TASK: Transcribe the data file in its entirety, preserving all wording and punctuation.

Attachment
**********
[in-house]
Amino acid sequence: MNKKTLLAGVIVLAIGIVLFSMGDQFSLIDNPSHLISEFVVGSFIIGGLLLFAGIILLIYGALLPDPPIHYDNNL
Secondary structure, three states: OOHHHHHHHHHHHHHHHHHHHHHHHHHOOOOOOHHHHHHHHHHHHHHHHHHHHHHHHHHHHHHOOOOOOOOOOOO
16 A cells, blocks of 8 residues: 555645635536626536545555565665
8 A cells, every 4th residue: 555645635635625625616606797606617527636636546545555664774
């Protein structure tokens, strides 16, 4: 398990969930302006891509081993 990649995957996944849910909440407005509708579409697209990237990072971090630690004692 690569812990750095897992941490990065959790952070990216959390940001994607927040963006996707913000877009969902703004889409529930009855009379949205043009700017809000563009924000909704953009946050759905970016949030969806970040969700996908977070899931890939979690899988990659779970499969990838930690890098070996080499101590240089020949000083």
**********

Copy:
[in-house]
Amino acid sequence: MNKKTLLAGVIVLAIGIVLFSMGDQFSLIDNPSHLISEFVVGSFIIGGLLLFAGIILLIYGALLPDPPIHYDNNL
Secondary structure, three states: OOHHHHHHHHHHHHHHHHHHHHHHHHHOOOOOOHHHHHHHHHHHHHHHHHHHHHHHHHHHHHHOOOOOOOOOOOO
16 A cells, blocks of 8 residues: 555645635536626536545555565665
8 A cells, every 4th residue: 555645635635625625616606797606617527636636546545555664774
């Protein structure tokens, strides 16, 4: 398990969930302006891509081993 990649995957996944849910909440407005509708579409697209990237990072971090630690004692 690569812990750095897992941490990065959790952070990216959390940001994607927040963006996707913000877009969902703004889409529930009855009379949205043009700017809000563009924000909704953009946050759905970016949030969806970040969700996908977070899931890939979690899988990659779970499969990838930690890098070996080499101590240089020949000083």